More Figure & Ground

Just a quick follow-on to my first figure and ground – which is which? – post.
Consider this example – Is it a picture of a black square painted on a white rectangle? or – Is it a white box with a black hole in its center viewed from directly above? Are you able to see whichever one that you tell yourself it is?

How about the previous image displayed alongside its “negative”? In addition to the same questions asked above, consider this one – are both small squares in the center of the larger square the same size? If you’re not sure, then can you see implications for emphasizing or de-emphasizing the importance of objects in an image? We know that, all else equal, lighter toned shapes capture the viewer’s eye before darker toned shapes. Now add the fact that lighter shapes against a darker background appear larger and we have a twofold method for making certain shapes “pop”.
And, yes, they are exactly the same size.

And – building on the side by side comparison above, consider these next two pictures. Look at the left image – does the blue square appear to advance or recede relative to the red frame (or neither)? Now ask yourself the same question about the red square relative to the blue frame in the right hand image.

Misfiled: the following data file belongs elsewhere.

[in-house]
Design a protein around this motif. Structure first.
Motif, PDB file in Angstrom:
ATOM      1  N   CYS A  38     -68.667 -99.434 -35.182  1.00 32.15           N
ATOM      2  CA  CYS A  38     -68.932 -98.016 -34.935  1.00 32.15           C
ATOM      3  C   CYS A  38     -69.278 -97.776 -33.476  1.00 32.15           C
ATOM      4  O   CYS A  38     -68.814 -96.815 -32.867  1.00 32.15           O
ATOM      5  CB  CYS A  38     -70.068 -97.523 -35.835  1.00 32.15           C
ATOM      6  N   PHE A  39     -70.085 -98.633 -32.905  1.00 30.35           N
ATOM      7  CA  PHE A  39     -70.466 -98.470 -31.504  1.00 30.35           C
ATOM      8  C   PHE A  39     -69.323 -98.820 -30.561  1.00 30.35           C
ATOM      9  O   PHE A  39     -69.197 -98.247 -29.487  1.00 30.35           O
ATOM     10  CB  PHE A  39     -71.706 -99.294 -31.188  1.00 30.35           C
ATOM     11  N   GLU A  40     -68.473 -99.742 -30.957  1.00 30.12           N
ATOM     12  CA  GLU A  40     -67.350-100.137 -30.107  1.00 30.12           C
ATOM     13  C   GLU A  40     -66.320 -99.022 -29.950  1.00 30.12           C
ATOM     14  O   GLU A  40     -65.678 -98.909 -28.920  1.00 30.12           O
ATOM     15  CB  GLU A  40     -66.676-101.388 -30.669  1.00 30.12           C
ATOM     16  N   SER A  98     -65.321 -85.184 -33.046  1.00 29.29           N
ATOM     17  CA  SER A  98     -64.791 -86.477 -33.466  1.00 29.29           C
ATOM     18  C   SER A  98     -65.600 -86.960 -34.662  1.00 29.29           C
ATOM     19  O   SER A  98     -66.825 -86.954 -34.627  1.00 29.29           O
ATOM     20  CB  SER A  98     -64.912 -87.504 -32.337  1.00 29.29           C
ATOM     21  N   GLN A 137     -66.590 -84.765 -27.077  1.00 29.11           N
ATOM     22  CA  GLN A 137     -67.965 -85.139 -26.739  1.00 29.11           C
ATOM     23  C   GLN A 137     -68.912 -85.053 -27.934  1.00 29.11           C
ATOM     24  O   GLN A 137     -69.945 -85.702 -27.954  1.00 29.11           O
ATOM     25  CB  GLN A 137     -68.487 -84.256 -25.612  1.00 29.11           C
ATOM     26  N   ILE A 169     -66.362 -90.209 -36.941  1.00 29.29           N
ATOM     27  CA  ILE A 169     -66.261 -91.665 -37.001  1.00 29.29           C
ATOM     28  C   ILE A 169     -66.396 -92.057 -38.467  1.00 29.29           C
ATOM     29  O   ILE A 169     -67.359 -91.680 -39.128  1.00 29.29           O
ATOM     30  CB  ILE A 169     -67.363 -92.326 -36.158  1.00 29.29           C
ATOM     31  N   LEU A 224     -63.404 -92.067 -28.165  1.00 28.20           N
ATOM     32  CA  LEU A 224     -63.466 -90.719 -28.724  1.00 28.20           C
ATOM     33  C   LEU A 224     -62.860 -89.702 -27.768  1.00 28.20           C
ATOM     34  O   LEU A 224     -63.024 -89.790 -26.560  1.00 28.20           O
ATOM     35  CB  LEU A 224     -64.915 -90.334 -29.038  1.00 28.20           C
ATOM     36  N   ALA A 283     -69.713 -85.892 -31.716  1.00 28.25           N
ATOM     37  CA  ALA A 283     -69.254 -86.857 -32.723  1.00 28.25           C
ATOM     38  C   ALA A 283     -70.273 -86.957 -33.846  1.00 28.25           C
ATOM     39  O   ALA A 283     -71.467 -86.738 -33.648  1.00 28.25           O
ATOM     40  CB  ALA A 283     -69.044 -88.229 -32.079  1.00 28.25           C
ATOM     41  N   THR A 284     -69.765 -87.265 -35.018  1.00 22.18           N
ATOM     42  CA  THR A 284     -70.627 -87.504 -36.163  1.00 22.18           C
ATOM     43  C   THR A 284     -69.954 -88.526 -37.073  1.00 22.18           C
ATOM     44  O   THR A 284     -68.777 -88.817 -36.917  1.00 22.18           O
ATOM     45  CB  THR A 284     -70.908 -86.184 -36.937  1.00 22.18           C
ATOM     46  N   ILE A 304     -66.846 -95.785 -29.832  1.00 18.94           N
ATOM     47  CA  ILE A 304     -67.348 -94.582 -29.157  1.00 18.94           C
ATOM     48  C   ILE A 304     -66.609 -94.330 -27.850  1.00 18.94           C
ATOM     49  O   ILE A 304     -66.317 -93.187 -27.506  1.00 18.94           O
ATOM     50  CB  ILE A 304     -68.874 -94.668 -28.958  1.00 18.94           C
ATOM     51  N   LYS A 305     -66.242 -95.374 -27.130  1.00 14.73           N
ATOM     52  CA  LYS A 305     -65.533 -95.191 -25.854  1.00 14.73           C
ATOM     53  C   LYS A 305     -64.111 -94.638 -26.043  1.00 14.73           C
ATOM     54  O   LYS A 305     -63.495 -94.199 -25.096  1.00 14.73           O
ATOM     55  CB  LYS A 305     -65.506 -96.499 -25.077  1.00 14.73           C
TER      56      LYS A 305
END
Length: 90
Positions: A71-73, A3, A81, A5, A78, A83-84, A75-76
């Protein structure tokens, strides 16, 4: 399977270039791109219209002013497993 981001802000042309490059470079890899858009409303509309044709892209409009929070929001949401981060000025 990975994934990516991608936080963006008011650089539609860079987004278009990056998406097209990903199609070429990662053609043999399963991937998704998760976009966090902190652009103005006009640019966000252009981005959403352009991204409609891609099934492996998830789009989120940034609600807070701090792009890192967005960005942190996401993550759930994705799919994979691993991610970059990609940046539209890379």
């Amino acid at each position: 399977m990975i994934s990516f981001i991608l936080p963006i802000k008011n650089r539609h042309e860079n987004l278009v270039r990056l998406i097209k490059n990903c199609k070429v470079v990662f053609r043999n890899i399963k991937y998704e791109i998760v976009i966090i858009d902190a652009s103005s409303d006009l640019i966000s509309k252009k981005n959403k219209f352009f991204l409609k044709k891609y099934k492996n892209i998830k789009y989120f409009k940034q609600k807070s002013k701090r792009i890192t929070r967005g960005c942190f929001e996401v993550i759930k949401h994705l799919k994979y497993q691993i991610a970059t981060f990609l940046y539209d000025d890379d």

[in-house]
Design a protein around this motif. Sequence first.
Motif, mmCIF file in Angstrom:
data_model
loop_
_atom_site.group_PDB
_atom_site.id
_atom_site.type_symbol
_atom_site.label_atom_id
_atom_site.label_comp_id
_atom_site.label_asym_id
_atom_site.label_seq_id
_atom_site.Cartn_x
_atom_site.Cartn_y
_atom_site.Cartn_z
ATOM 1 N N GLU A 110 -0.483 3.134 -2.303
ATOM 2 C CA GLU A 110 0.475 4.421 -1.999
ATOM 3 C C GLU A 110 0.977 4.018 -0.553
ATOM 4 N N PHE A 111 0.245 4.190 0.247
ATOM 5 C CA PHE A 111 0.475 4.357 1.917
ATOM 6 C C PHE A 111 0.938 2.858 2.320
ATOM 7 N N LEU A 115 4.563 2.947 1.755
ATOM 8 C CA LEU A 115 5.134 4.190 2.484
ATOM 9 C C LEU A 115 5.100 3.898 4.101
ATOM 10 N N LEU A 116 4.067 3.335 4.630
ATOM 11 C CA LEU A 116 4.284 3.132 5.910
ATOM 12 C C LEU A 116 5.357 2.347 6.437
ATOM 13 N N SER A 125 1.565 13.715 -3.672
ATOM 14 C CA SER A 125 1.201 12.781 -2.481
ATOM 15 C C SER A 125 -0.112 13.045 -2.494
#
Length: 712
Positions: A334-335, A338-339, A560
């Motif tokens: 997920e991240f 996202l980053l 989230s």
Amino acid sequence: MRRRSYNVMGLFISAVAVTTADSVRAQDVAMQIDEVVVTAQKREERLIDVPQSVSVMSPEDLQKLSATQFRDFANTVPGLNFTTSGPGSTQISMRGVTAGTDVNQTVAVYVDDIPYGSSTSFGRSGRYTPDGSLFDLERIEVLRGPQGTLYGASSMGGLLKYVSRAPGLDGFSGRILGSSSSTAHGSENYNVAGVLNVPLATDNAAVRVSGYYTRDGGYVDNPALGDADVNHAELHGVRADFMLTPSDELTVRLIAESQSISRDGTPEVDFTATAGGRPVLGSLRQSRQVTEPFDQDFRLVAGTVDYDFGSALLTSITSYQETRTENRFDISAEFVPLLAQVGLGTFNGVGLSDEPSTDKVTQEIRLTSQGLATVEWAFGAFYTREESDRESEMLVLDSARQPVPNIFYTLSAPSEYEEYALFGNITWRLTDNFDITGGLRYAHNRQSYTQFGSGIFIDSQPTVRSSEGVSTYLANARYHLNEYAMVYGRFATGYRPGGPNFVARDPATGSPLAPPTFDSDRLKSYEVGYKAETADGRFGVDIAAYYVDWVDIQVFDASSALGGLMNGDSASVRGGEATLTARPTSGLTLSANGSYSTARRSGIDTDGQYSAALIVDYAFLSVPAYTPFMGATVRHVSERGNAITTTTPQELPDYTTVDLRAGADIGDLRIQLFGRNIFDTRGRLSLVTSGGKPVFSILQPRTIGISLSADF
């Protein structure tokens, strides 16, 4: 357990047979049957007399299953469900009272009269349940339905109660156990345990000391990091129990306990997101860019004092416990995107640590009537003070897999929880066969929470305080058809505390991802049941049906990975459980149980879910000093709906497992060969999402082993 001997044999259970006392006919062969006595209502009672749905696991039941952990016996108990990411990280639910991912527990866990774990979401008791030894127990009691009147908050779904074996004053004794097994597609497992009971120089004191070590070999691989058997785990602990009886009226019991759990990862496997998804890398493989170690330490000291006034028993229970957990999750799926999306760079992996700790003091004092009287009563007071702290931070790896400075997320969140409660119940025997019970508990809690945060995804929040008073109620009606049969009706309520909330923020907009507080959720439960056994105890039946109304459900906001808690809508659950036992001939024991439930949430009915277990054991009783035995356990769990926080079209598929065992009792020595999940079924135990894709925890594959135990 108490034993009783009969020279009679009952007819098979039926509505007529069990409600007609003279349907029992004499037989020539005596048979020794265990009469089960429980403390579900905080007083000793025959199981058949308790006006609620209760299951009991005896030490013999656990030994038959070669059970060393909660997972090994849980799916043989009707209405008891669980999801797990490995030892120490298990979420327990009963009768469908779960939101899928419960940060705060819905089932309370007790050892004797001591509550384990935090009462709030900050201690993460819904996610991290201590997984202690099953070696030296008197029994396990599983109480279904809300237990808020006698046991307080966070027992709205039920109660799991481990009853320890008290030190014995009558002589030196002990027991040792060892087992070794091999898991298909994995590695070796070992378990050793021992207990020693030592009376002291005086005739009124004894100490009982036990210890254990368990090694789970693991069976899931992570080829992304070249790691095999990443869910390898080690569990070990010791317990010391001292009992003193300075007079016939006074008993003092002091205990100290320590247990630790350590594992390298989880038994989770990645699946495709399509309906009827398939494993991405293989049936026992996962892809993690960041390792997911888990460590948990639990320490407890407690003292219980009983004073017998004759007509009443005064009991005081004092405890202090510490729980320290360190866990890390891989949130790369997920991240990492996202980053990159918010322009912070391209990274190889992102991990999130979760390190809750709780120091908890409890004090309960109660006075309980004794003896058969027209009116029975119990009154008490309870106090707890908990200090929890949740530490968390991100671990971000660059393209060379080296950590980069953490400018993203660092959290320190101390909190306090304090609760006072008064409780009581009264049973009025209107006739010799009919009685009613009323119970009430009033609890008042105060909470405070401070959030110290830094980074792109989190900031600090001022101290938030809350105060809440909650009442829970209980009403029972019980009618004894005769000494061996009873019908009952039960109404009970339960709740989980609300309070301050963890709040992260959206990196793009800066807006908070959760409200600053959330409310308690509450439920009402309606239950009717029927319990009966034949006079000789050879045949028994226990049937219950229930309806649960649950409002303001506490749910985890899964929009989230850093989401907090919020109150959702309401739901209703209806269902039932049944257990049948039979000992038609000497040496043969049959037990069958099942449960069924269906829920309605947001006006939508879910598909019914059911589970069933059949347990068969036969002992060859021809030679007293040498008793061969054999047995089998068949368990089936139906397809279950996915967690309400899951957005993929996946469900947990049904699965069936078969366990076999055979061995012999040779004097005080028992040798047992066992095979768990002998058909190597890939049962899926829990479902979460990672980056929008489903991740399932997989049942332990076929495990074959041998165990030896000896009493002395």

What you are most likely to decide is that the left small blue square recedes and right small red square advances. This is based on the color perception fact that warm colors (red in this case) advance and cool (blue here) colors recede. Once again, these facts have implications on how your visual design – specifically colors & shapes – can influence the viewer’s perception and thus interpretation of your meaning. Better that you be aware of these things than to go down our path less traveled blindly.
Have we maybe learned that a shape which is light toned with a warm hue will draw attention more readily than one with a dark tone and cool hue? I think so. One other important lesson from the warm/cool example is related to creating the illusion of depth within our two dimensional image. If, in your image,  near objects tend toward the cool side and far objects are warm can you see how this might send conflicting visual perception messages to the viewer?

The message of this post is that shapes can appear larger or smaller and can appear to advance or recede depending on how the figure and ground are interpreted and treated. The treatment is your responsibility; the interpretation is 100% viewer (especially in the absence of verbal clues as is usually the case with a photograph). More of this to follow in the coming weeks – are we having fun yet?

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